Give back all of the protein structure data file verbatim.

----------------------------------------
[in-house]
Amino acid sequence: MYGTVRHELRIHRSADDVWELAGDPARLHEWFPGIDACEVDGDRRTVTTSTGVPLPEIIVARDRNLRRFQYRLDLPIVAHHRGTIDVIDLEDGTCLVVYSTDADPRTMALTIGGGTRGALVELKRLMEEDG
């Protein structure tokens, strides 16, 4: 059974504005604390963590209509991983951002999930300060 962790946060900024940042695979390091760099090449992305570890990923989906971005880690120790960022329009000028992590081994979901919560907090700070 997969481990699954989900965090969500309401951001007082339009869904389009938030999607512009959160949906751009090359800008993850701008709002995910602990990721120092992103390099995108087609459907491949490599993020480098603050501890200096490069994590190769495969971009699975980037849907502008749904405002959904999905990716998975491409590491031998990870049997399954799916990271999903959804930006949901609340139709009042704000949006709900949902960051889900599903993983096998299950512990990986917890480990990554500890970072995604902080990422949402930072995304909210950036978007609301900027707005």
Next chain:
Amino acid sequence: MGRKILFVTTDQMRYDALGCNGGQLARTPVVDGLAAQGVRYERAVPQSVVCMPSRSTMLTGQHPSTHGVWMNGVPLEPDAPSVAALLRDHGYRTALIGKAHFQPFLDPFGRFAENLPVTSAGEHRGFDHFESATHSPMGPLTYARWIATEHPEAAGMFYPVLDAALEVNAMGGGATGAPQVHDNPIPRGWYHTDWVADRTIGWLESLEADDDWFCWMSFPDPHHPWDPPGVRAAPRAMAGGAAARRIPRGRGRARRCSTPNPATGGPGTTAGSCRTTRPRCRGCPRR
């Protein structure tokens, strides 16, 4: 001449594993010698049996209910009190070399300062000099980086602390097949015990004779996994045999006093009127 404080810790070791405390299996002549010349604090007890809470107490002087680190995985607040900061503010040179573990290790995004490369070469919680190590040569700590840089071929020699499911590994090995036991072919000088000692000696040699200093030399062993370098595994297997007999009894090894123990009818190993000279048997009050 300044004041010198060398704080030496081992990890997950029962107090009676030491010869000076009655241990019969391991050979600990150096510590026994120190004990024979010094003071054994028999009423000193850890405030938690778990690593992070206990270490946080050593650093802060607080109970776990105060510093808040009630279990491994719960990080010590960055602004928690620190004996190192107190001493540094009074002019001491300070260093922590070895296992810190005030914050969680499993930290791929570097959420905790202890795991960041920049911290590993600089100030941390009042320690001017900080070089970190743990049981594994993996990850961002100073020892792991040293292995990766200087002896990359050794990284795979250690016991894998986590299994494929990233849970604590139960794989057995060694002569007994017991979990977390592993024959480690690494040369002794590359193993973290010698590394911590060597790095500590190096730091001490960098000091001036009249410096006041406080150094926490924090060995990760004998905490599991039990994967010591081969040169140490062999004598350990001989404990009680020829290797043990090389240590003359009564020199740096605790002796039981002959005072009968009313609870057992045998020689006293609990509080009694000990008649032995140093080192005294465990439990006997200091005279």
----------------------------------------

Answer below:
[in-house]
Amino acid sequence: MYGTVRHELRIHRSADDVWELAGDPARLHEWFPGIDACEVDGDRRTVTTSTGVPLPEIIVARDRNLRRFQYRLDLPIVAHHRGTIDVIDLEDGTCLVVYSTDADPRTMALTIGGGTRGALVELKRLMEEDG
């Protein structure tokens, strides 16, 4: 059974504005604390963590209509991983951002999930300060 962790946060900024940042695979390091760099090449992305570890990923989906971005880690120790960022329009000028992590081994979901919560907090700070 997969481990699954989900965090969500309401951001007082339009869904389009938030999607512009959160949906751009090359800008993850701008709002995910602990990721120092992103390099995108087609459907491949490599993020480098603050501890200096490069994590190769495969971009699975980037849907502008749904405002959904999905990716998975491409590491031998990870049997399954799916990271999903959804930006949901609340139709009042704000949006709900949902960051889900599903993983096998299950512990990986917890480990990554500890970072995604902080990422949402930072995304909210950036978007609301900027707005």
Next chain:
Amino acid sequence: MGRKILFVTTDQMRYDALGCNGGQLARTPVVDGLAAQGVRYERAVPQSVVCMPSRSTMLTGQHPSTHGVWMNGVPLEPDAPSVAALLRDHGYRTALIGKAHFQPFLDPFGRFAENLPVTSAGEHRGFDHFESATHSPMGPLTYARWIATEHPEAAGMFYPVLDAALEVNAMGGGATGAPQVHDNPIPRGWYHTDWVADRTIGWLESLEADDDWFCWMSFPDPHHPWDPPGVRAAPRAMAGGAAARRIPRGRGRARRCSTPNPATGGPGTTAGSCRTTRPRCRGCPRR
């Protein structure tokens, strides 16, 4: 001449594993010698049996209910009190070399300062000099980086602390097949015990004779996994045999006093009127 404080810790070791405390299996002549010349604090007890809470107490002087680190995985607040900061503010040179573990290790995004490369070469919680190590040569700590840089071929020699499911590994090995036991072919000088000692000696040699200093030399062993370098595994297997007999009894090894123990009818190993000279048997009050 300044004041010198060398704080030496081992990890997950029962107090009676030491010869000076009655241990019969391991050979600990150096510590026994120190004990024979010094003071054994028999009423000193850890405030938690778990690593992070206990270490946080050593650093802060607080109970776990105060510093808040009630279990491994719960990080010590960055602004928690620190004996190192107190001493540094009074002019001491300070260093922590070895296992810190005030914050969680499993930290791929570097959420905790202890795991960041920049911290590993600089100030941390009042320690001017900080070089970190743990049981594994993996990850961002100073020892792991040293292995990766200087002896990359050794990284795979250690016991894998986590299994494929990233849970604590139960794989057995060694002569007994017991979990977390592993024959480690690494040369002794590359193993973290010698590394911590060597790095500590190096730091001490960098000091001036009249410096006041406080150094926490924090060995990760004998905490599991039990994967010591081969040169140490062999004598350990001989404990009680020829290797043990090389240590003359009564020199740096605790002796039981002959005072009968009313609870057992045998020689006293609990509080009694000990008649032995140093080192005294465990439990006997200091005279």